Scotland To Freeze Rents To Shield Tenants From Rising Living Costs

Nicola Sturgeon outlines programme of support for households during‘˜humanitarian crisis‘
Staff Reporter | Scotland | Real Estate

Scotland’s first minister has announced a freeze on rents in the social and private sectors and a moratorium on evictions to shield people from the cost of living crisis. In her speech outlining the annual programme for government, Nicola Sturgeon said that she was frustrated by the limits placed on her power to act by Westminster in what she called a time of “humanitarian emergency”.

“The Scottish government does not have the power to stop your energy bill soaring, but we can and will take action to ensure that your rent doesn’t rise,” Sturgeon said. The emergency legislation to protect renters will be implemented immediately and last until at least March 2023.

Sturgeon did not set out the cost of the policy to the Scottish finances but she said that faster inflation meant that the devolved government’s budget was worth £1.7bn less than when it was published last December. Higher-than-anticipated inflation meant that public-sector pay increases would cost £700mn more than budgeted for, she added.

“This current crisis highlights, starkly, the pressing need for independence,” Sturgeon told the Holyrood parliament. The rent freeze is expected to draw opposition from property investors who are also facing soaring living costs.

UK inflation hit a 40-year high of 10.1 per cent in June. David Alexander, chief executive officer of DJ Alexander Scotland, Scotland’s largest lettings and estate agency, said the move was “surprising” and unfair on landlords grappling with financial pressures. “They are just killing the rental market,” he said. “If you’ve borrowed money, your costs are going up, and it seems unfair that rents can’t keep up with inflation.”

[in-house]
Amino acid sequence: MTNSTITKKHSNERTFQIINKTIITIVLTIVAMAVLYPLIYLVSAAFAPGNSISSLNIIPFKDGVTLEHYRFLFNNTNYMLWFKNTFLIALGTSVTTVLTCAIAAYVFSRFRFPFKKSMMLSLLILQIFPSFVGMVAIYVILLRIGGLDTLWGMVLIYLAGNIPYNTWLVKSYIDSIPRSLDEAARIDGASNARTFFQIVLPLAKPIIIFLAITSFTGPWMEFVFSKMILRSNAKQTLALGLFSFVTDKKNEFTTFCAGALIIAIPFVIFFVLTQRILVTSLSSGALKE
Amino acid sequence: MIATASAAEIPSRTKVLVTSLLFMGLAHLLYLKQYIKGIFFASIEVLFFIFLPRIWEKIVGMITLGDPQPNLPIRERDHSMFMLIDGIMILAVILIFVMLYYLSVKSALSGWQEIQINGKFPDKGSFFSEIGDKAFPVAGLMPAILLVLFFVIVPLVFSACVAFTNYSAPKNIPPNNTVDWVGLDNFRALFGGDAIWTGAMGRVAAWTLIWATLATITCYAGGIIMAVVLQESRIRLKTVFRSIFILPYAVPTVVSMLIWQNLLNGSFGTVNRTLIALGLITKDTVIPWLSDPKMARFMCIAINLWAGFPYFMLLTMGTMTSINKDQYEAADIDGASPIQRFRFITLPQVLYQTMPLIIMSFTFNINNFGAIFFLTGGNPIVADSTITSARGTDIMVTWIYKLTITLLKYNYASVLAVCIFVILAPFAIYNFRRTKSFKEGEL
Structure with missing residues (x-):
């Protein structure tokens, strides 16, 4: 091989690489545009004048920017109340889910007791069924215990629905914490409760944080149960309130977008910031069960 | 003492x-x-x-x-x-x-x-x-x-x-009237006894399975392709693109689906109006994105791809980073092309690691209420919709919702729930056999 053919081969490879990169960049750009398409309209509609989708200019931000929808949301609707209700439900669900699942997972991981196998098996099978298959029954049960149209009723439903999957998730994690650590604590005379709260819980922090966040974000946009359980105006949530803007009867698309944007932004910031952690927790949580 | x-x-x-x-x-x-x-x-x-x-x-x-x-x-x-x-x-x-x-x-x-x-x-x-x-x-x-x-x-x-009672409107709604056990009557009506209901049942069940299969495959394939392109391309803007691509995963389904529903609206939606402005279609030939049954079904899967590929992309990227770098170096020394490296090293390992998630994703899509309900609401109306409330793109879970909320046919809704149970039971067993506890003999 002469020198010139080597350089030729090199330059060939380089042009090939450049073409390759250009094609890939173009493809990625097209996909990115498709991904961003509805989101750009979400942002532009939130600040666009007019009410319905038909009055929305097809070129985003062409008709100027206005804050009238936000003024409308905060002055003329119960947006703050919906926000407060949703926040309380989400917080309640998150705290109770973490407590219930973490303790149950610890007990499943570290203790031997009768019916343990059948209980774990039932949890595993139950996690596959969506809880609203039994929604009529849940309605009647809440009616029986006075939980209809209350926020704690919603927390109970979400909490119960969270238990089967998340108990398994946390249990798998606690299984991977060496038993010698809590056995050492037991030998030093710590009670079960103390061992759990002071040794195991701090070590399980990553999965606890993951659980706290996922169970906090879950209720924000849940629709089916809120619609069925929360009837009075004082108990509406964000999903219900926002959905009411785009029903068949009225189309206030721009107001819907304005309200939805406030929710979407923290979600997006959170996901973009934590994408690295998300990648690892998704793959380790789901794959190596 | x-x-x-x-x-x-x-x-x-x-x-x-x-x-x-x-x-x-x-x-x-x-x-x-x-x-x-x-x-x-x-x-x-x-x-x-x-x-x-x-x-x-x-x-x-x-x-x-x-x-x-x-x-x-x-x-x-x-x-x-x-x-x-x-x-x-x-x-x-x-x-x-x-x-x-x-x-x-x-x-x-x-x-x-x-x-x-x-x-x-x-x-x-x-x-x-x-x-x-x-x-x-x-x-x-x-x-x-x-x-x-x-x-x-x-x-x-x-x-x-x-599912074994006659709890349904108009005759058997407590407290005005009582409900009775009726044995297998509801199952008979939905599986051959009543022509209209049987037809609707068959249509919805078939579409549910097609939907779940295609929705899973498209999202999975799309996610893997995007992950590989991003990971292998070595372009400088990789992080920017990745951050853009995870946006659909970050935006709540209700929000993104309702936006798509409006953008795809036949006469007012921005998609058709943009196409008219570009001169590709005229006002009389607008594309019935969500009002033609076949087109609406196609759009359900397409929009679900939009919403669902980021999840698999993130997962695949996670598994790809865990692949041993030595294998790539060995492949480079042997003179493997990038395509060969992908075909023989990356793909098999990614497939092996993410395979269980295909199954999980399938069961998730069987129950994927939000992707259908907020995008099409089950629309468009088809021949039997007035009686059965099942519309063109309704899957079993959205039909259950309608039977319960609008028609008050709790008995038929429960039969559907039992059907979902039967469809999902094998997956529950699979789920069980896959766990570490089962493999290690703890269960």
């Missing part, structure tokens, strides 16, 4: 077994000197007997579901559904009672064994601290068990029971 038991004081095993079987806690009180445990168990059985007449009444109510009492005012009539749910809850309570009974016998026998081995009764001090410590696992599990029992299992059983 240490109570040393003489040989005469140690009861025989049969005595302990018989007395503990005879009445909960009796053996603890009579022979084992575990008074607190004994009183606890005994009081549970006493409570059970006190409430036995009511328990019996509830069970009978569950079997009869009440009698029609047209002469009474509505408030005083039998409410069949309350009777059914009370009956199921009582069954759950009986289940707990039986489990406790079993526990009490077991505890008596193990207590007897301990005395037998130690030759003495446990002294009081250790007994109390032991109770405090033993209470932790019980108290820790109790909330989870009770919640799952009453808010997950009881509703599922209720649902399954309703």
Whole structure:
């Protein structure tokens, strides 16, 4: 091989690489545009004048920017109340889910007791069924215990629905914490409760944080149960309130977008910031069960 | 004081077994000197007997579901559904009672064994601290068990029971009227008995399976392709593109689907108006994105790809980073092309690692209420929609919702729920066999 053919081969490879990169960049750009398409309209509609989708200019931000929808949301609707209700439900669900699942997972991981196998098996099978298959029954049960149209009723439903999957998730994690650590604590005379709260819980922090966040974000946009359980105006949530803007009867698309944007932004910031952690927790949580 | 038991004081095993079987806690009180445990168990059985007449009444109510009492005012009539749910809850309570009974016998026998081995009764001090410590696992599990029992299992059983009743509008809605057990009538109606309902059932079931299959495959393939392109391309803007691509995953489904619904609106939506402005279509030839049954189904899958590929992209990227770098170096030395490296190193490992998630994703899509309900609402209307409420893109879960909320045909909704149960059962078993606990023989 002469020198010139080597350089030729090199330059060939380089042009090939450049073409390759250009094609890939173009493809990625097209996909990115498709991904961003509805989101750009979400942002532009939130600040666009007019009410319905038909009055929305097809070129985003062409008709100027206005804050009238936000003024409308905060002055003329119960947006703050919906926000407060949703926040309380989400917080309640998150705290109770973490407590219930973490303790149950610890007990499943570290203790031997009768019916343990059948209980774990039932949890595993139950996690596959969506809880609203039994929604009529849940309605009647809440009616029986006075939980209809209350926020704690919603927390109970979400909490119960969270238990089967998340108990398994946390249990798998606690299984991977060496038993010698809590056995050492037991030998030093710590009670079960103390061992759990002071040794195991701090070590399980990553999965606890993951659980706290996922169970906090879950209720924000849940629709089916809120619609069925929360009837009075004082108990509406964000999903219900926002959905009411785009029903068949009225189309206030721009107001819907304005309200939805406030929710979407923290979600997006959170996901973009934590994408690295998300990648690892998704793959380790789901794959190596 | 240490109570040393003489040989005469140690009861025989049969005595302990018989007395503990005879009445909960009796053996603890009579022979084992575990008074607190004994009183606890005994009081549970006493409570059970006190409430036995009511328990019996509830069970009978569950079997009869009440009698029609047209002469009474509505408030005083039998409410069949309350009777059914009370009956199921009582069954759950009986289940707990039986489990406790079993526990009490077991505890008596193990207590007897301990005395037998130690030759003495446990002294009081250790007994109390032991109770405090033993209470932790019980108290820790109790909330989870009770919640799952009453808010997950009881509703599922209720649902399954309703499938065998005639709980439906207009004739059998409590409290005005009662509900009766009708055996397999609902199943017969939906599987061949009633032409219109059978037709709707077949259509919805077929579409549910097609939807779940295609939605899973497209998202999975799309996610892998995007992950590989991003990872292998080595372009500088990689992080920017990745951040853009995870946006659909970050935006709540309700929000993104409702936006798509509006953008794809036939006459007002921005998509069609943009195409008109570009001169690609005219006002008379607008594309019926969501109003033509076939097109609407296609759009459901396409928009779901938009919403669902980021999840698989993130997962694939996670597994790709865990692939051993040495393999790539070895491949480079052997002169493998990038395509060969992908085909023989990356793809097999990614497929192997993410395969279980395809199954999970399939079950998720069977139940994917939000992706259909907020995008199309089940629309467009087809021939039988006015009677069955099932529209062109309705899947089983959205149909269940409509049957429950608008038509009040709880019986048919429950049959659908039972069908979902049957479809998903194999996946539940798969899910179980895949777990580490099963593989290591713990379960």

The mayor of London, Labour’s Sadiq Khan, has previously proposed a similar freeze on rents for the capital’s property market. “We will take immediate action to protect tenants in the private and in the social rented sectors,” said Sturgeon, and called on London to implement an “enhanced windfall tax” on energy producers to prevent an “avalanche” of business failures.

The first minister announced the fuel insecurity fund would be doubled from £10mn to £20mn this year, with an increase of £5mn to discretionary housing payments to help with energy bills. To support families through the winter, the government will also increase the “child payment” to £25 per week per child from £20 on November 14.

Sturgeon confirmed she would introduce a referendum bill to enable Scotland to hold another plebiscite without the approval of Westminster, pending the outcome of a hearing into the legality of such legislation by the UK Supreme Court next month. “This current crisis highlights, starkly, the pressing need for independence,” Sturgeon told the Holyrood parliament. “We are being reminded every day that where and in whose hand power lies really matters.”

Douglas Ross, leader of the Scottish Conservatives, said Sturgeon had the wrong priorities and this was “unacceptable when people are struggling”.

Scotland’s budget deficit was £23.7bn, or 12.3 per cent of gross domestic product, in 2021, according to official data released last month. Her speech setting out her government’s agenda comes less than a week after she was forced to intervene in wage talks with public-sector unions to prevent strikes that were due to close primary schools and nurseries in some parts of Scotland. Strikes also marred the post-coronavirus return of Edinburgh’s annual festivals in August.

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